Namine has been complaining of headaches for over a month now, so last Friday we called the hospital to have her seen. While there is a headache clinic at the hospital, Namine’s doctor wanted to see her himself before just sending her off to the clinic.
Namine has always been a good sport about doing what the doctors and nurses ask, and yesterday was no exception. After doing the standard weight and height stuff — although with Namine’s caudal regression, her arm span is measured instead — it was on to the actual appointment.
Namine has complained of headaches many times in the past, but until fairly recently we were unsure that she was telling the truth. It’s not that Namine lies, but rather we suspected that sometimes she was copying us. Both Jessica and I are susceptible to headaches ourselves, and we thought for a while that it might have been a case of Namine wanting to be like us (flaws and all).
But as Namine has gotten older, she is able to not only tell us that she has a headache, but she is also able to describe what her headaches are like. And her headaches are nothing like the ones I get. Mine are usually behind my eyes, and they throb, as though a hammer was pounding. Namine describes her headaches as a constant pressure, a squeezing, and they manifest around the sides and top of her head.
When he was examining Namine, Dr. Gordon was impressed at how cheerful and cooperative she was, even despite having a headache. That’s Namine, though; she rarely complains of pain, and when she does, then you know it must be awful. Dr. Gordon examined her eyes, her nose, and her ears, finding nothing suspicious of causing these horrible headaches.
You might ask, “But Paul, if Namine doesn’t show signs of being affected by these headaches, how do you know they’re so bad?”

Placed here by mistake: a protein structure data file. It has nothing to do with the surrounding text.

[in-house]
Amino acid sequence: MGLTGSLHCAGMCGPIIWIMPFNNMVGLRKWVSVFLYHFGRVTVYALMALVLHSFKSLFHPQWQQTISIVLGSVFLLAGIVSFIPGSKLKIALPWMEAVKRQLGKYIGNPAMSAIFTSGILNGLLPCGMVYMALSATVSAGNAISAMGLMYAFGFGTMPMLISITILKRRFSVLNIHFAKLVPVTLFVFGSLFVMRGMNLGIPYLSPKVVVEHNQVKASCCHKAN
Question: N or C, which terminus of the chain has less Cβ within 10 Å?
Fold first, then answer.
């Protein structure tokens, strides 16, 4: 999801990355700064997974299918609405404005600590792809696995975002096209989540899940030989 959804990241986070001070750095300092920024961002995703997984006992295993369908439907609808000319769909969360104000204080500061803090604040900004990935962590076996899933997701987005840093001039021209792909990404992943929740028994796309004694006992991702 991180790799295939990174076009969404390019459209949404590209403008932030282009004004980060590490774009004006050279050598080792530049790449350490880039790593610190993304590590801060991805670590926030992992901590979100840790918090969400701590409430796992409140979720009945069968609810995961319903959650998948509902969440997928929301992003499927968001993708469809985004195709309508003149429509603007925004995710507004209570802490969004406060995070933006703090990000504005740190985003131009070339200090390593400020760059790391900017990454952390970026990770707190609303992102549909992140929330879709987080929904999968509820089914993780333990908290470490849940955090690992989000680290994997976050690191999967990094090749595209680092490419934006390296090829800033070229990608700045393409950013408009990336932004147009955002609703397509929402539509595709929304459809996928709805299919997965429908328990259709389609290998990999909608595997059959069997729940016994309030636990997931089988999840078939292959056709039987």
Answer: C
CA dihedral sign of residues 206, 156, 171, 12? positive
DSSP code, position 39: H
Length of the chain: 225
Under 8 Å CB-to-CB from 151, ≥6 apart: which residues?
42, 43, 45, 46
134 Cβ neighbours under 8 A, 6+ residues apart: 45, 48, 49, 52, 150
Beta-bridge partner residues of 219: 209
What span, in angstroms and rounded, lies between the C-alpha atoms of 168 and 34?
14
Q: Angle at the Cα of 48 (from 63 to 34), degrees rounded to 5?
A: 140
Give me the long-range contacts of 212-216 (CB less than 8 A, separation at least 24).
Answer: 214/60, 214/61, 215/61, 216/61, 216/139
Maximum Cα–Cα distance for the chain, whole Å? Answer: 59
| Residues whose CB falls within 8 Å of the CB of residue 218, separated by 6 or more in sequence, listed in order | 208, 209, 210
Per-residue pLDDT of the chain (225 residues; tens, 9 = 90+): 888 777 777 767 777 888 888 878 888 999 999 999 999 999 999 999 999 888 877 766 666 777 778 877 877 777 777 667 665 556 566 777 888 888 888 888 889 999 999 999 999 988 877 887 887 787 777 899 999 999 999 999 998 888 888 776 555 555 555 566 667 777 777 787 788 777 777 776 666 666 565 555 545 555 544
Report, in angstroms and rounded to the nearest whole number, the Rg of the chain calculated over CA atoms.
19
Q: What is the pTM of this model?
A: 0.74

Good question, Random Internet Citizen. Two things. First of all, my wife and I know our daughter. During her six years on this earth, she has on numerous occasions exhibited an incredibly high pain tolerance. She simply does not show that she is in pain, and when she does, it is so bad that it is nearly incapacitating. On many occasions, it has called into question whether or not Namine has feeling — that is to say, that her nerves are conducting signals properly and that her brain is properly interpreting those signals.
I am happy to say that every nerve test (even ones so simple as “close your eyes and tell me what you feel”) has resulted in the conclusion that Namine’s nerves are firing and her brain is interpreting without failure or malfunction. Doctors have concluded, then, that she simply chooses to ignore the pain until it is too great to bear on her own.
The second reason is because occasionally — not always, but occasionally — Namine will complain of a headache and not want to do anything. She won’t scoot, she won’t crawl, she’ll just lay on the floor. One day last week, Namine had a headache so bad that she told Jessica, “Mommy, my head hurts. I need to go lie down.” And she did. She went in her room and lay in bed.